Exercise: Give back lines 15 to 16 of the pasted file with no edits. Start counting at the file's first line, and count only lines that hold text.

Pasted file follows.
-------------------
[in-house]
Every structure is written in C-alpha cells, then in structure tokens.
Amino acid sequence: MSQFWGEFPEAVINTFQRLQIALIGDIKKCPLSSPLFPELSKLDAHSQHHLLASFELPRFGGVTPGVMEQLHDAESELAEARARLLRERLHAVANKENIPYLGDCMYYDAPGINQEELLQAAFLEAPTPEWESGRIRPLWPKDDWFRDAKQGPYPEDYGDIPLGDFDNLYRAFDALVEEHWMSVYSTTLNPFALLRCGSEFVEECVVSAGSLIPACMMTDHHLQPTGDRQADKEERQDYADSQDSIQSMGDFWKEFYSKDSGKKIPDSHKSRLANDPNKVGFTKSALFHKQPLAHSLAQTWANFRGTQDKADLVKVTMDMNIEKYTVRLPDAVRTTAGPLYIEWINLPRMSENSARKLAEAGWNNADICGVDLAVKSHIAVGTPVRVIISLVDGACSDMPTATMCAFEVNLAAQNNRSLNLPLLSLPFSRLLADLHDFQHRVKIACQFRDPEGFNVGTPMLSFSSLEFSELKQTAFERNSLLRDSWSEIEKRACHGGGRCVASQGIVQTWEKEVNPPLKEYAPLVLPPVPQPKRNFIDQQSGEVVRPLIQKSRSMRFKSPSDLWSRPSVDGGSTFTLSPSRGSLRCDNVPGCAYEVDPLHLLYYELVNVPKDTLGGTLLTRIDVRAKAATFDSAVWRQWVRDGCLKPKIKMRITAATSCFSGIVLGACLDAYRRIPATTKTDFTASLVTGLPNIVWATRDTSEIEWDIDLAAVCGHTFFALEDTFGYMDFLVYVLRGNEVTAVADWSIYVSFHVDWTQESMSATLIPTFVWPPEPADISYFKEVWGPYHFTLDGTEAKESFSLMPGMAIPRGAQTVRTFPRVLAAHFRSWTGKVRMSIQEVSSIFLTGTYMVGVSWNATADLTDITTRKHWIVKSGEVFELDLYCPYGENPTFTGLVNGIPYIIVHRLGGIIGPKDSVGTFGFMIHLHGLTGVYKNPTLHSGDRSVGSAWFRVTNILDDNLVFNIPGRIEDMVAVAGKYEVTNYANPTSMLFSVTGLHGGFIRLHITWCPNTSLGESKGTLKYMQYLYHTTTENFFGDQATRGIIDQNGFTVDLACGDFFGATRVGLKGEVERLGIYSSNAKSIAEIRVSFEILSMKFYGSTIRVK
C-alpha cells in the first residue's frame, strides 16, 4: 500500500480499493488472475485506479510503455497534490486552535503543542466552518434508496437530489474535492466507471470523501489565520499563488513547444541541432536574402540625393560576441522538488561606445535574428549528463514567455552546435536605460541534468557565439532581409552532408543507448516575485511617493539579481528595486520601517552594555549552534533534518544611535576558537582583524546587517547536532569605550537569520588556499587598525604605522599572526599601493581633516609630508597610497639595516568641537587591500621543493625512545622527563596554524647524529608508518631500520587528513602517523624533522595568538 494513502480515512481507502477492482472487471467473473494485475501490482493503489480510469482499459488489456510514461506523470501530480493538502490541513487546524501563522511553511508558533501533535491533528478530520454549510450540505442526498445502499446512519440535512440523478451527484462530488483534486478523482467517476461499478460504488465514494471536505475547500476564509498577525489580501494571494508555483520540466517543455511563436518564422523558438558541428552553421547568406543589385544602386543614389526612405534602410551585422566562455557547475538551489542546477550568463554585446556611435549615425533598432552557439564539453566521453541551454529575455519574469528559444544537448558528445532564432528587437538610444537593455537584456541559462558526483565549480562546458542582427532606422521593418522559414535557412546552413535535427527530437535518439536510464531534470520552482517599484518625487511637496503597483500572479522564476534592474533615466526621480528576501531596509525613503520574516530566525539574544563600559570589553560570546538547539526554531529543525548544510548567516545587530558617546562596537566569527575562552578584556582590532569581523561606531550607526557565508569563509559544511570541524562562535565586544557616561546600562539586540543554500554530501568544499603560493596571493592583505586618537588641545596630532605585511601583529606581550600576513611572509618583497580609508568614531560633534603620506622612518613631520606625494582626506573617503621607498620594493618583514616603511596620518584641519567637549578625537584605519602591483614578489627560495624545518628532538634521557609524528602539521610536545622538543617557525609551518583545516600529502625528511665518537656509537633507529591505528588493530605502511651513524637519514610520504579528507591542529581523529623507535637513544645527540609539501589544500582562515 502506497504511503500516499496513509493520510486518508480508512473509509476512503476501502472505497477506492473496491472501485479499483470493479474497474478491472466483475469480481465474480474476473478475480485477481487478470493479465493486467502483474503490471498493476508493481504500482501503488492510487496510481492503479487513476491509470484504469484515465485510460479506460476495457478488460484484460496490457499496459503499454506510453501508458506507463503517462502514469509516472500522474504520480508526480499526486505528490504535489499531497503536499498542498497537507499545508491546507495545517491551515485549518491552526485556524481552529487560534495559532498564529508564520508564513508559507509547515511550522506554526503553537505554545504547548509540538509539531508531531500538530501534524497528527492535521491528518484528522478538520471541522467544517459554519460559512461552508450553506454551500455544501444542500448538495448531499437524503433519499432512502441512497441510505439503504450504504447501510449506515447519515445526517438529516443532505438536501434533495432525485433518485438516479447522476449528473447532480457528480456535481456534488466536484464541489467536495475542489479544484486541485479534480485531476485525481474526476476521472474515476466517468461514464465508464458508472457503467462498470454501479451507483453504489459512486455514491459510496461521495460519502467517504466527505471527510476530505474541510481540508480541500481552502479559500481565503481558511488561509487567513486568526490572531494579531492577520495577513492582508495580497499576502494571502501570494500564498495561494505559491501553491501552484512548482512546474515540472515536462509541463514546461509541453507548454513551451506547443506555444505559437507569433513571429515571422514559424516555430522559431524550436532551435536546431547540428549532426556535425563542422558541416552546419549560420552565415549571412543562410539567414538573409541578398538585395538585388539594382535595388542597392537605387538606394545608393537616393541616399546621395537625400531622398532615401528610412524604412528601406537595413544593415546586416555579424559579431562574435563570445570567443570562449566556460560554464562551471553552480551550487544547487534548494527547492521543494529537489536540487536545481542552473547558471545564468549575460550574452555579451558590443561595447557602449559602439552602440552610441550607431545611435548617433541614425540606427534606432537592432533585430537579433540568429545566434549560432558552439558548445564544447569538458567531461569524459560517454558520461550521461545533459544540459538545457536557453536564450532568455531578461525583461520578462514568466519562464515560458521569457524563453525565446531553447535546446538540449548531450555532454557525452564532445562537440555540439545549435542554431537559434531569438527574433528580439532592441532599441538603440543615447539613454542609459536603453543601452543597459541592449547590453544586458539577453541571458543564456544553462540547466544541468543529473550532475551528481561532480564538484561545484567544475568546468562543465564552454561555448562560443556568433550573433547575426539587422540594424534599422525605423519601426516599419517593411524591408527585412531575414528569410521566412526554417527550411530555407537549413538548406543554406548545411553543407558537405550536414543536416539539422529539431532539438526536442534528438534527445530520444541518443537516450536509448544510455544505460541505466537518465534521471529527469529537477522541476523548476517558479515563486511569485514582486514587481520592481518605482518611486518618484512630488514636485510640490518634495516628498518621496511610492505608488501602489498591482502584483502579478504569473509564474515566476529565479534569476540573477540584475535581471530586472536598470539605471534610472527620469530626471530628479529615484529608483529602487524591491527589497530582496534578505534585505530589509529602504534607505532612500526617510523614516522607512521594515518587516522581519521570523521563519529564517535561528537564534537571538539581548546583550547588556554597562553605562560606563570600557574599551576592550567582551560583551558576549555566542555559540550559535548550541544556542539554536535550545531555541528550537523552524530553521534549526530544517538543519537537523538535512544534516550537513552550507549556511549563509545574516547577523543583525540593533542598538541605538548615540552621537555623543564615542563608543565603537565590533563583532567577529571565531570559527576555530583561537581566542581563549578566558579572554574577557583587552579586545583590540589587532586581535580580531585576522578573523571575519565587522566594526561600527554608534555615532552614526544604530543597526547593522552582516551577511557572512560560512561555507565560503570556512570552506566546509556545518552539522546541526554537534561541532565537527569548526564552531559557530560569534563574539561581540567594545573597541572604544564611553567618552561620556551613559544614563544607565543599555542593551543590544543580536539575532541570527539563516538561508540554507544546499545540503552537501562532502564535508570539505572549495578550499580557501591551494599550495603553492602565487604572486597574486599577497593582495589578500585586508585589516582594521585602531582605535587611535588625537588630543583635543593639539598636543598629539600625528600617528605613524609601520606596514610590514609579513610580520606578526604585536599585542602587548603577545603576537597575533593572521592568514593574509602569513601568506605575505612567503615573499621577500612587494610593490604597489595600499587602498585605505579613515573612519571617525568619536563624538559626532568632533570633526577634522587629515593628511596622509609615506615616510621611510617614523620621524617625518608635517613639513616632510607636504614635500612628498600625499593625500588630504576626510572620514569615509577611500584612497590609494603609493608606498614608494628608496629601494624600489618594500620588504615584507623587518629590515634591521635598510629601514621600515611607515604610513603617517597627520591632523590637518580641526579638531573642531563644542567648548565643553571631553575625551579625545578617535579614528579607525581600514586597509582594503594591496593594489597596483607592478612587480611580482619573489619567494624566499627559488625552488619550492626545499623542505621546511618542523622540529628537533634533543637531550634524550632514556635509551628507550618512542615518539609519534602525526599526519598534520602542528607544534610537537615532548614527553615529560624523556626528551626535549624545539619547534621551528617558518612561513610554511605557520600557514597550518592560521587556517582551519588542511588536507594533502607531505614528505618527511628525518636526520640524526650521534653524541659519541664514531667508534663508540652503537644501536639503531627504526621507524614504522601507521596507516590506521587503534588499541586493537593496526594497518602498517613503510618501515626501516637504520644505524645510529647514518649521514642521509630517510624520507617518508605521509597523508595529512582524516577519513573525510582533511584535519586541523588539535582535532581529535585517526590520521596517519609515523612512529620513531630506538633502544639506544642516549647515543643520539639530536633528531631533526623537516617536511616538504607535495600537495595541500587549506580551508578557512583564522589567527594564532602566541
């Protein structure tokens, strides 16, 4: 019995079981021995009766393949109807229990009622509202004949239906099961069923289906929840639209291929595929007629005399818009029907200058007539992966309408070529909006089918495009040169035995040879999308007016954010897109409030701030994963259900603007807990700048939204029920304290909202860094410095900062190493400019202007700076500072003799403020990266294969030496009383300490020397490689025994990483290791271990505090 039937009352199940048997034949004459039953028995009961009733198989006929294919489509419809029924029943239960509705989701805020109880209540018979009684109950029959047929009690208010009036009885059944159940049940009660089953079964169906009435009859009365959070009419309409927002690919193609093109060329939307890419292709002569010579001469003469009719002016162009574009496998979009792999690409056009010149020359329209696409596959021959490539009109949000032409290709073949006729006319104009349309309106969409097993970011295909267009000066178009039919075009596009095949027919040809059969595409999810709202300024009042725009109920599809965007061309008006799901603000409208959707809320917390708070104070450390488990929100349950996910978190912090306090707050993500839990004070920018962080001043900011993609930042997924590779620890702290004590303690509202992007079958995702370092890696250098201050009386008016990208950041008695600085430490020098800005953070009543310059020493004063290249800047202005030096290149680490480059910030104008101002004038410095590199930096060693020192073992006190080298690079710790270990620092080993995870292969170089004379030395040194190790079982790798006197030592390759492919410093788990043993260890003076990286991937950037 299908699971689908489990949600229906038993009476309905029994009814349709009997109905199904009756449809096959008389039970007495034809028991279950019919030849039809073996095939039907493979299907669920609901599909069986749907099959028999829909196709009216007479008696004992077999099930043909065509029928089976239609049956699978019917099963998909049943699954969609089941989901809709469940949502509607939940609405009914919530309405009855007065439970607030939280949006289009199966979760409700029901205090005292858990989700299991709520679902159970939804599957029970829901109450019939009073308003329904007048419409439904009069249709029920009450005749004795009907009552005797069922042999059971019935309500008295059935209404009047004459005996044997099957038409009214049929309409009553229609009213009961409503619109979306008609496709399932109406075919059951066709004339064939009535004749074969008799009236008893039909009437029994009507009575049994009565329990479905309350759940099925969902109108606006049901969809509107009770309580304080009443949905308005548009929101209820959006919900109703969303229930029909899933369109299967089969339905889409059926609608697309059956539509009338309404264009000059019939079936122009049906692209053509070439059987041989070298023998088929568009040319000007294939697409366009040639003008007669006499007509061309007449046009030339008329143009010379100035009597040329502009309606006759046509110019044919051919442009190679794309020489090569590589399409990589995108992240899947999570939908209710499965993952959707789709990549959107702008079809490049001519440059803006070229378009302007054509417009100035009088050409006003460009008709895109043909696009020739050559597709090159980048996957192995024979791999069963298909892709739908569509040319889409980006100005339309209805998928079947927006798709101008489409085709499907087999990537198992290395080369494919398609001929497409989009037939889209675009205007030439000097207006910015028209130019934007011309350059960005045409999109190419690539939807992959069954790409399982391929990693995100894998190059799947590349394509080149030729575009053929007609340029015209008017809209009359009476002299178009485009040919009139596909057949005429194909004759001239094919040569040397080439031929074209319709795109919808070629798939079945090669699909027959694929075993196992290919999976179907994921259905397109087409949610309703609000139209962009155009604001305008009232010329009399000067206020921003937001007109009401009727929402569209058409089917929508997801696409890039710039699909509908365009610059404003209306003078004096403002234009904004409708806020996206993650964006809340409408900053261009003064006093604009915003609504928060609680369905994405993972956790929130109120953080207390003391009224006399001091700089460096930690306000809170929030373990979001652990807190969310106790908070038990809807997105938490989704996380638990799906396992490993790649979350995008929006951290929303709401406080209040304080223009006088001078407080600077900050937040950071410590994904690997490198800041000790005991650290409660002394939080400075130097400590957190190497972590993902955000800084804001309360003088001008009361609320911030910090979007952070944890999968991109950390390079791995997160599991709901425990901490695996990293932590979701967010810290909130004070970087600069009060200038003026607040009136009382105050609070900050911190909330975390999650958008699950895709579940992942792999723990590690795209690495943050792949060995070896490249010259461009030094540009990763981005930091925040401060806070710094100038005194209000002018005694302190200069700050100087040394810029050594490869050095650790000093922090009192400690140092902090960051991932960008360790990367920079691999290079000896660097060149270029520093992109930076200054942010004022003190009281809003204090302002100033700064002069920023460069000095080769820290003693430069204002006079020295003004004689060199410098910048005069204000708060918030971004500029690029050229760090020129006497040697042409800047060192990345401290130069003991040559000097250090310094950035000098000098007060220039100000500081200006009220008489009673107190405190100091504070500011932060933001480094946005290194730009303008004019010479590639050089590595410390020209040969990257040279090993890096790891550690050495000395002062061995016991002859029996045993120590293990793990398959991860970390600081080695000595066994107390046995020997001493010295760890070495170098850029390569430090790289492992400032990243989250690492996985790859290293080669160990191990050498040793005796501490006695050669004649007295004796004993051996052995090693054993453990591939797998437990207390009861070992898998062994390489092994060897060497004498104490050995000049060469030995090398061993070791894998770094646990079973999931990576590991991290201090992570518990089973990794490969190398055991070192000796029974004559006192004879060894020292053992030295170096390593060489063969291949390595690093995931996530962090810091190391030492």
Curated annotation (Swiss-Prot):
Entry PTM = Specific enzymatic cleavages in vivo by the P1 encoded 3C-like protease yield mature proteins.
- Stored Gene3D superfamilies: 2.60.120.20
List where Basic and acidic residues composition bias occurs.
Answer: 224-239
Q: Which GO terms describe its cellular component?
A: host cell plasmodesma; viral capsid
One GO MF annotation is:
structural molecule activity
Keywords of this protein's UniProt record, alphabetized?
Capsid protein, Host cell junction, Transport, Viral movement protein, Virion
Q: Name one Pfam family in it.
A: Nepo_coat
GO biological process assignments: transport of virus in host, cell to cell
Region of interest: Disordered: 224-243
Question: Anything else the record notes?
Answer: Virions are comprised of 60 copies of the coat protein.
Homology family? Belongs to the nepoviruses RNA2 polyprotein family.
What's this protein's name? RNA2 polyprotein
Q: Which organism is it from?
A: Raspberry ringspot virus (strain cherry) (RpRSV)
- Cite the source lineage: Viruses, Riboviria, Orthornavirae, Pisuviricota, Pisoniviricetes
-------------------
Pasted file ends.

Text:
Keywords of this protein's UniProt record, alphabetized?
Capsid protein, Host cell junction, Transport, Viral movement protein, Virion